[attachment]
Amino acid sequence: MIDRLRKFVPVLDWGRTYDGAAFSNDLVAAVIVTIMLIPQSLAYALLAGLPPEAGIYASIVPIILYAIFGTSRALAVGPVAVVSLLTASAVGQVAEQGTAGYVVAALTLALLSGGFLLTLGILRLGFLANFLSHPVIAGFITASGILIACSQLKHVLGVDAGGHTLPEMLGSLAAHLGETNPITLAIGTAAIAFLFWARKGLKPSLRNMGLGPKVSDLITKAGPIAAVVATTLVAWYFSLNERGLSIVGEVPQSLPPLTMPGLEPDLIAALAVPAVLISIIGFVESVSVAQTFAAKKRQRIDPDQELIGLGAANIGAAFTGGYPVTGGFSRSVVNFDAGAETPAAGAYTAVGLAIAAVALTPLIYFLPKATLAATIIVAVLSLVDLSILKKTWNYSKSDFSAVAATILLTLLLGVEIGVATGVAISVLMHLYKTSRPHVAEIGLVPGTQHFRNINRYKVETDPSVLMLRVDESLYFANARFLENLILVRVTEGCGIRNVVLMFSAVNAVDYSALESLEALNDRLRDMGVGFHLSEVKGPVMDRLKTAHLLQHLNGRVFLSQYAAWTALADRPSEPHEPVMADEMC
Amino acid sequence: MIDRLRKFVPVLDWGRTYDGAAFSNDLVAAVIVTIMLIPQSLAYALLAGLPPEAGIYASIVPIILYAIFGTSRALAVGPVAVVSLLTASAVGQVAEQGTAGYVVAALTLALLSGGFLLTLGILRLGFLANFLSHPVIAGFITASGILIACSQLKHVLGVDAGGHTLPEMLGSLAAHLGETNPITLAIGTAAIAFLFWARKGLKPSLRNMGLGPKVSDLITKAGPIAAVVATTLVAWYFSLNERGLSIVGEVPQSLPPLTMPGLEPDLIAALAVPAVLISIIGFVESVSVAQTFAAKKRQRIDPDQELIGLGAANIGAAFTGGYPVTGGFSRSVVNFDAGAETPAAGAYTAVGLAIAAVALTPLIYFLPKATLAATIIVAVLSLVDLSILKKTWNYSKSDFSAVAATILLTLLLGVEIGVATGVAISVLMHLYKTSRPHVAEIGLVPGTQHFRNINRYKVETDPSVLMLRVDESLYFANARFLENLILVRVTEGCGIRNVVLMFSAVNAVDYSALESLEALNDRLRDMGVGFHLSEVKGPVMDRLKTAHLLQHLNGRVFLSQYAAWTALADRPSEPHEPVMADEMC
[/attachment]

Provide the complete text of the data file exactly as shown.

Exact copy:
Amino acid sequence: MIDRLRKFVPVLDWGRTYDGAAFSNDLVAAVIVTIMLIPQSLAYALLAGLPPEAGIYASIVPIILYAIFGTSRALAVGPVAVVSLLTASAVGQVAEQGTAGYVVAALTLALLSGGFLLTLGILRLGFLANFLSHPVIAGFITASGILIACSQLKHVLGVDAGGHTLPEMLGSLAAHLGETNPITLAIGTAAIAFLFWARKGLKPSLRNMGLGPKVSDLITKAGPIAAVVATTLVAWYFSLNERGLSIVGEVPQSLPPLTMPGLEPDLIAALAVPAVLISIIGFVESVSVAQTFAAKKRQRIDPDQELIGLGAANIGAAFTGGYPVTGGFSRSVVNFDAGAETPAAGAYTAVGLAIAAVALTPLIYFLPKATLAATIIVAVLSLVDLSILKKTWNYSKSDFSAVAATILLTLLLGVEIGVATGVAISVLMHLYKTSRPHVAEIGLVPGTQHFRNINRYKVETDPSVLMLRVDESLYFANARFLENLILVRVTEGCGIRNVVLMFSAVNAVDYSALESLEALNDRLRDMGVGFHLSEVKGPVMDRLKTAHLLQHLNGRVFLSQYAAWTALADRPSEPHEPVMADEMC
Amino acid sequence: MIDRLRKFVPVLDWGRTYDGAAFSNDLVAAVIVTIMLIPQSLAYALLAGLPPEAGIYASIVPIILYAIFGTSRALAVGPVAVVSLLTASAVGQVAEQGTAGYVVAALTLALLSGGFLLTLGILRLGFLANFLSHPVIAGFITASGILIACSQLKHVLGVDAGGHTLPEMLGSLAAHLGETNPITLAIGTAAIAFLFWARKGLKPSLRNMGLGPKVSDLITKAGPIAAVVATTLVAWYFSLNERGLSIVGEVPQSLPPLTMPGLEPDLIAALAVPAVLISIIGFVESVSVAQTFAAKKRQRIDPDQELIGLGAANIGAAFTGGYPVTGGFSRSVVNFDAGAETPAAGAYTAVGLAIAAVALTPLIYFLPKATLAATIIVAVLSLVDLSILKKTWNYSKSDFSAVAATILLTLLLGVEIGVATGVAISVLMHLYKTSRPHVAEIGLVPGTQHFRNINRYKVETDPSVLMLRVDESLYFANARFLENLILVRVTEGCGIRNVVLMFSAVNAVDYSALESLEALNDRLRDMGVGFHLSEVKGPVMDRLKTAHLLQHLNGRVFLSQYAAWTALADRPSEPHEPVMADEMC